If you have ductwork that runs underneath your home, this is another cost you may have to contend with. If water has gotten into your duct system, you may have moisture and mold issues springing up. Because the length, access, and complexity of ductwork systems can vary so much, this repair cost is more difficult to estimate. Here again, it pays to get quotes from several reputable providers. Mold issues will get worse the longer they are left alone so this is one repair you definitely cannot afford to hesitate on.
If your HVAC system has sustained major structural damages like punctures or damage from debris, your trusted HVAC provider is the best equipped to assess the damages and determine if repairs are possible or if the system will need to be replaced. The best bet is to prevent the damage in the first place when possible. Carolina Comfort Systems can help you do that with a maintenance agreement. Give us a call today for details.
Your HVAC System and Flooding: What HVAC Systems and Components Can Survive a Flood?
With the recent flooding across the Grand Strand, many homeowners have found themselves facing some unexpected repairs to their HVAC system. There are choices you can make with regards to your HVAC system that can make a big difference should another flood occur. The most important thing to consider is the location of the electrical component closest to the ground. The lower the electrical component in your system, the less water it will take to cause major problems. Here are a few more handy tips on what can and can't survive a flood.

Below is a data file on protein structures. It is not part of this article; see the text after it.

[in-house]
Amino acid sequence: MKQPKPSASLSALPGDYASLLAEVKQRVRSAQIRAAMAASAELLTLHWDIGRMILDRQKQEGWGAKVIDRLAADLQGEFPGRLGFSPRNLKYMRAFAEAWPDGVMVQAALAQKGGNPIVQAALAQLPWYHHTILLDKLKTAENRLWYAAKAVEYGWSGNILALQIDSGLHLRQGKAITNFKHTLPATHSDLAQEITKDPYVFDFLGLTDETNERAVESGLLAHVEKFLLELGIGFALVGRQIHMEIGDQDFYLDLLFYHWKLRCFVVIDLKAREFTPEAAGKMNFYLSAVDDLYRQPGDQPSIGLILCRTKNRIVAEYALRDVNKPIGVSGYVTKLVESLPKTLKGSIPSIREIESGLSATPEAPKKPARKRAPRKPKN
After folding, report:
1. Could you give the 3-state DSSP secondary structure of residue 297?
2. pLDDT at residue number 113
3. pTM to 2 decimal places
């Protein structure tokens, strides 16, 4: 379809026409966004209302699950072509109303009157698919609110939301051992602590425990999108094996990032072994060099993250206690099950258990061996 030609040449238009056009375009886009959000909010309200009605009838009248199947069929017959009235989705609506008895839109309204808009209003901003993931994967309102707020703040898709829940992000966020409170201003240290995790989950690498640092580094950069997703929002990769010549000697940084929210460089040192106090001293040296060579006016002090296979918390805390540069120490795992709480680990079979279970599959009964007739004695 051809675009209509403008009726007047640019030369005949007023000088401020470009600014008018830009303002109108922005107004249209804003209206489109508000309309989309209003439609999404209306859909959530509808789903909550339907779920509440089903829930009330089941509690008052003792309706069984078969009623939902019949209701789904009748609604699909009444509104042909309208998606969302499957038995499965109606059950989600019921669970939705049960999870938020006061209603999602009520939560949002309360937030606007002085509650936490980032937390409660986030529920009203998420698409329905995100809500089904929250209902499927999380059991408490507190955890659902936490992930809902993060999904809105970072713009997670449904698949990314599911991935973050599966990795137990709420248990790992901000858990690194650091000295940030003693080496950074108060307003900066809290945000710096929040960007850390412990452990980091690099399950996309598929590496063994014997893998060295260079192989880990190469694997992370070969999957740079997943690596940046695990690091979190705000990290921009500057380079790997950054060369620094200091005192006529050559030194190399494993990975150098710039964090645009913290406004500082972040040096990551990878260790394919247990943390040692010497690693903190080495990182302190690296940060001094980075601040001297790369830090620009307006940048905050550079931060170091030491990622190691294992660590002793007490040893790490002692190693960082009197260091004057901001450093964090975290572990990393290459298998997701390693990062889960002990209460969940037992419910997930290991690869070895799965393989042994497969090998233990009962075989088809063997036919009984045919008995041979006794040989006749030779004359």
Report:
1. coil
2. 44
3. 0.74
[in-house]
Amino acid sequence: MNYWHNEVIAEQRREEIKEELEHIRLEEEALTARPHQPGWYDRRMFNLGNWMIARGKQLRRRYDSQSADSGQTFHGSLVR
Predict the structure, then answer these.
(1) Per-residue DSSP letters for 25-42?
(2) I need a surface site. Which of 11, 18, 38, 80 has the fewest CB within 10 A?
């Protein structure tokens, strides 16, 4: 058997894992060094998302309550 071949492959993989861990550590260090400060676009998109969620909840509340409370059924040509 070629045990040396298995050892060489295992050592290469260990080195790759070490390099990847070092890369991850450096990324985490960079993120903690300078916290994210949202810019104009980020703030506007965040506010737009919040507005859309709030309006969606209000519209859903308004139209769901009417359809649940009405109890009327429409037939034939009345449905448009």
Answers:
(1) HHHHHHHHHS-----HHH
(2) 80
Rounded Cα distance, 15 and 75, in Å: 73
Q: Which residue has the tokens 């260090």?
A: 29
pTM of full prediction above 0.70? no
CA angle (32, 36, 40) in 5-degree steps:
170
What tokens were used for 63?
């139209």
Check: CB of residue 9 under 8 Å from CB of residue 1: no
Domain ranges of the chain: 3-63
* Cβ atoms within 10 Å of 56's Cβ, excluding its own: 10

- Outdoor Air Conditioner Units - Most outdoor A/C units can withstand an average if 12-16 inches of flood water without major damage. The electrical components tend to be closer to the top of the unit instead of the bottom and most of the parts are made of metals like steel or copper that have been specially treated to withstand various types of weather.
- Heat Pump Condensing Units - Similar to outdoor A/C Units, heat pump condensing units are usually designed with outdoor weather in mind. Physical parts use materials and metals treated to endure many types of weather conditions. These units also tend to house the electrical components in the upper half of the unit, keeping it safe from damage in flood conditions.
- Gas Package Units - Gas package units or gas packs are units that combine your gas heat and electric air conditioner into one single unit, located outside the home or on the rooftop. If you choose a gas pack unit, location is crucial to surviving a flood event. Elevated or rooftop location of these units is strongly recommended. In gas pack units, the heat exchange and gas burners tend to be very close to the ground, making them extremely vulnerable to damage in a flood event.
While the type of flooding we've experienced recently in South Carolina was categorized as a once in a thousand years event, we do live in a sub-tropical and hurricane-prone region. Water is a fact of life here in the Grand Strand. When you add climate change into the equation, we can only guess how that will impact our weather in the years to come. Understanding what types of HVAC systems can and cannot survive floods can save you headaches and money in future events. If you have questions about your HVAC system, call Carolina Comfort Systems today, where your satisfaction is our guarantee!